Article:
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Apple Stumbled Into A War With The Gaming Industry and The Future Of iOS is at Stake

Apple Stumbled Into A War With The Gaming Industry and The Future Of iOS is at Stake. Apple’s relationship with the gaming industry has always been complicated, but this month that relationship slid into a sour and very public legal and regulatory war that could shape the future of iOS apps. It first started when Apple made a statement on why it has no plans to ever approve cloud gaming services from its tech rivals Google and Microsoft. More information is provided at The Verge. The second was when Apple kicked the massively popular battle royale hit Fortnite out from the App Store after its creator, Epic Games, provoked the company with a rule-violating update. Read on to see more on this article Apple Stumbled Into A War With The Gaming Industry And The Future Of iOS Is Stake.

Apple Stumbled Into A War With The Gaming Industry and The Future Of iOS is at Stake

Apple Stumbled Into A War With The Gaming Industry and The Future Of iOS is at Stake

Epic had issues with Apple’s removal with an antitrust lawsuit prepared well in advance and complete with a detailed 62-page legal complaint. It may be a strong case to impose long-lasting changes on Apple’s business. However, the Epic’s dramatic public performance was an unprecedented bit of corporate trolling the likes of which we’ve never seen. This has set up the feud with Apple as a fight bordering on good versus evil, with Apple seen as the corporate bad guy aggressively taxing and restricting developers. Epic’s complaint argues that behavior also breaks the law. More information on this is provided at the The Verge.

The Epic’s Lawsuit and Mocking Ad against Apple

Epic is also suing Google on similar grounds after Google removed Fortnite from its Play Store. But as Epic made clear in a surprising video mocking Apple’s iconic “1984” Macintosh ad. The one that also aired directly to players within the virtual world of Fortnite itself. The primary target here is Apple and its longstanding and often controversial stewardship of the iOS app ecosystem.

The ad features a signature Fortnite character racing into a dimly lit auditorium of corporate zombies, slack-jawed and eyes glazed as an anthropomorphic Apple celebrates exploitation of the working class. The character swings her pickaxe toward the screen, shattering it and displaying a message modeled after the original Apple ad’s memorable onscreen text: “Epic Games has defied the App Store monopoly. In retaliation, Apple is blocking Fornite from a billion devices.

This is a stunning piece of animation because it uses Apple’s original underdog persona in the personal computing industry of the 1980s and Orwellian themes of state control to cast Apple as the ultimate villain, its growth and greed having turned it into the very suit-clad enemy it railed against nearly four decades ago.

Apple May Loose the next Generation Game Lover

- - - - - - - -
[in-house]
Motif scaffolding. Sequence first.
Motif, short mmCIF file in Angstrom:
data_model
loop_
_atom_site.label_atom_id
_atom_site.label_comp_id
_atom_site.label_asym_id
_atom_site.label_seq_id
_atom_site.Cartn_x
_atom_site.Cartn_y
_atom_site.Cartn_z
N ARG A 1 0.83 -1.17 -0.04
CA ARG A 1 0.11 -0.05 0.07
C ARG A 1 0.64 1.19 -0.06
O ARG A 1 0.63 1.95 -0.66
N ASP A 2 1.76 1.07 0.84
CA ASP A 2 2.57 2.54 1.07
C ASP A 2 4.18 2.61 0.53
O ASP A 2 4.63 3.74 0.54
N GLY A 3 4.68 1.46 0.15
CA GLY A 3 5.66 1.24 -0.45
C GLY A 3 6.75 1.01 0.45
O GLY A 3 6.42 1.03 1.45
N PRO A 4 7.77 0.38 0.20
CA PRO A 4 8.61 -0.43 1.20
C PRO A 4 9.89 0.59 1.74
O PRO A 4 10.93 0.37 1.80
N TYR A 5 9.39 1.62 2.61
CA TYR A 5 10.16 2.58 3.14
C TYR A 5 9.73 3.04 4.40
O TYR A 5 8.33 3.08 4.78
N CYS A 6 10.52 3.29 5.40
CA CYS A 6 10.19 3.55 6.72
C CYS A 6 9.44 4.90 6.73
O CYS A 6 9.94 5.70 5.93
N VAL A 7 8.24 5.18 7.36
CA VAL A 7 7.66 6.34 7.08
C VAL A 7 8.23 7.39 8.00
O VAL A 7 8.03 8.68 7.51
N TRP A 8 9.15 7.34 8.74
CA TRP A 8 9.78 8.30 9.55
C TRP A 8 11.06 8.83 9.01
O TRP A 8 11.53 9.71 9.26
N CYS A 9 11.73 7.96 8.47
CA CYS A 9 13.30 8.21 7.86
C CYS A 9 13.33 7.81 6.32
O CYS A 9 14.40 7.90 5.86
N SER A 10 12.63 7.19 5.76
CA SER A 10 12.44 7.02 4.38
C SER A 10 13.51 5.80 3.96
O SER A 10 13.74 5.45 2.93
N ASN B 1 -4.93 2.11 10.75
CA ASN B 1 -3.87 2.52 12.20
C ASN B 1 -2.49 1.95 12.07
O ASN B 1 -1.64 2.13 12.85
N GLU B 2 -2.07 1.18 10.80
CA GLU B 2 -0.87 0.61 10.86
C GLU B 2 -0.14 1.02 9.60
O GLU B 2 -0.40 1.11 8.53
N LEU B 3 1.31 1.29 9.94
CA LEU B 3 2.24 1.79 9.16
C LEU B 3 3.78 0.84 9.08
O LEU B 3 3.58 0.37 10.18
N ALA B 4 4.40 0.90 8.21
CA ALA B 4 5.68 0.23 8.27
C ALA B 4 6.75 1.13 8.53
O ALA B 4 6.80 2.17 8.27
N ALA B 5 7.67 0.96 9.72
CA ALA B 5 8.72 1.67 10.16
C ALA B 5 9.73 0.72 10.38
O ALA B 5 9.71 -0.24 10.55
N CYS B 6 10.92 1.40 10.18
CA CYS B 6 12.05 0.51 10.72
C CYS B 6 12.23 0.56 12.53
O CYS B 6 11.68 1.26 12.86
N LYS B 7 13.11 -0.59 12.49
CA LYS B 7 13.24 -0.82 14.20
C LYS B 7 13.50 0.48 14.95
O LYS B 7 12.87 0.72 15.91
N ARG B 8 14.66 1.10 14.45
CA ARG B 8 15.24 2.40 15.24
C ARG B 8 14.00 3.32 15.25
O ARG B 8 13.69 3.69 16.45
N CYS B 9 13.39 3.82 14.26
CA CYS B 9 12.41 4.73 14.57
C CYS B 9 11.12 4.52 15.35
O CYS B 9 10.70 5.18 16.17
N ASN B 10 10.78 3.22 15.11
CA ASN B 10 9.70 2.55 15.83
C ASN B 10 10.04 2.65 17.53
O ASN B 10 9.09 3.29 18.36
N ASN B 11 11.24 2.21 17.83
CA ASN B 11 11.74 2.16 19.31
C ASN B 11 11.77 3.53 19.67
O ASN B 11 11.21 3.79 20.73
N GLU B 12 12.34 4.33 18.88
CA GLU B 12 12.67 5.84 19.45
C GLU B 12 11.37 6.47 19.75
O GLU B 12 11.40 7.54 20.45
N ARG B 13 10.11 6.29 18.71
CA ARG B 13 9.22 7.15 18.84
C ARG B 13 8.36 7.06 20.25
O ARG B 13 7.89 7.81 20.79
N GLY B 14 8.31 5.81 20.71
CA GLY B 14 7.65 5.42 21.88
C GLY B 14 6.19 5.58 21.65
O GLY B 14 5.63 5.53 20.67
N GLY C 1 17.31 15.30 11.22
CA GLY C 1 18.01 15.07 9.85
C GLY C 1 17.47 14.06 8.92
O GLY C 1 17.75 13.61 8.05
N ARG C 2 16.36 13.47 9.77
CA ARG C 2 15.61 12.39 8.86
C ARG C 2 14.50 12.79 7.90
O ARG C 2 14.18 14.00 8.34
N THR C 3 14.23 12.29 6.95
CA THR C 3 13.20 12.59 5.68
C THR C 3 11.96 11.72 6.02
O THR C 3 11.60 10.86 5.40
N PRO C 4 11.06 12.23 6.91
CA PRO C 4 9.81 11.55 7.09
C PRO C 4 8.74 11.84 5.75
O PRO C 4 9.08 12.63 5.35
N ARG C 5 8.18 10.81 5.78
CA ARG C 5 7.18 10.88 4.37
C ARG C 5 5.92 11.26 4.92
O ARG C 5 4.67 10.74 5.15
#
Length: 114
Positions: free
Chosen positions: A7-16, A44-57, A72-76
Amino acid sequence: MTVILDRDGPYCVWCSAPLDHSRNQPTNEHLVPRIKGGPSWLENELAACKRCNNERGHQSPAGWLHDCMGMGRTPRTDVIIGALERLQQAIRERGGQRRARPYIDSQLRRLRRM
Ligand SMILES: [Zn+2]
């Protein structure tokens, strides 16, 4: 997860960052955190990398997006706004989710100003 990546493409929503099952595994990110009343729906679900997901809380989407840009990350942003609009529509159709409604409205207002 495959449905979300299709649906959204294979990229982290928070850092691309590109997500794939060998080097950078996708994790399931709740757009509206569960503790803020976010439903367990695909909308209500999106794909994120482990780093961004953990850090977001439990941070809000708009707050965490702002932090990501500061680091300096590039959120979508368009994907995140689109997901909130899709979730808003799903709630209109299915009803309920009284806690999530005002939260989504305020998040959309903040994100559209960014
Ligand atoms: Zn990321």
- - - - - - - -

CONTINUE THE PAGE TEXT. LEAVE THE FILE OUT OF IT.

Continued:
Individually, either of Apple’s moves, yanking Fortnite, or banning cloud gaming services may make gamers skeptical about Apple’s control over the App Store and the company’s commitment to bring the best games to mobile and keep them there. But looking at things, Apple is at risk of losing a generation of young, game-loving smartphone owners that might prefer platforms and services the iPhone maker has shown it has little control over.

Apple, which has presided as the boss over one of the most lucrative gaming booms of the last decade, has now removed one of the most popular mobile games ever made from its store, one played by kids and teens around the globe. Many of those players are growing up with no need for a gaming console or PC, as Fortnite itself proves. At the same time, Apple is explicitly and purposefully excluding cloud gaming platforms that could bring the kinds of games that require a dedicated console or PC to those same gamers’ phones — by using the iPhone or iPad’s screen and network connection as mere conduits for a cloud gaming server instead.

Apple’s ban on cloud gaming was not entirely unexpected, but it fell on skeptical ears. When the company explained why Google Stadia and Microsoft xCloud can’t ever exist on iOS, condemnation of the move was swift even among Apple-focused sites. It is called by Macworld a “patently absurd” excuse. For more information visit Mac World

Appleinsider said it was “consumer hostile,” even trusted Apple blogger John Gruber of Daring Fireball called it “nonsensical” in his article.

That Apple explanation: cloud gaming services don’t belong because they offer access to a library of games Apple can’t review individually. For games to exist on the iPhone and iPad, they must be submitted individually for inspection, subject to user reviews, and findable in search results, Apple suggests. Games, in Apple’s eyes, aren’t to be treated the same as music, movies, and TV shows, but rather as software that warrants careful inspection lest they are updated later in ways that violate its strict content guidelines, the company tells The Verge.

Unsaid here, of course, is that all apps peddling digital goods of any kind must pay Apple’s 30 percent fee. Cloud gaming apps, which offer access to many games that contain their own virtual marketplaces of digital goods, complicate that enshrined business arrangement. How might Apple collect its take if a player is spending money inside Epic’s Fortnite, once it’s streamed over Microsoft’s xCloud instead of locally on their phones? To read the full article visit The Verge.

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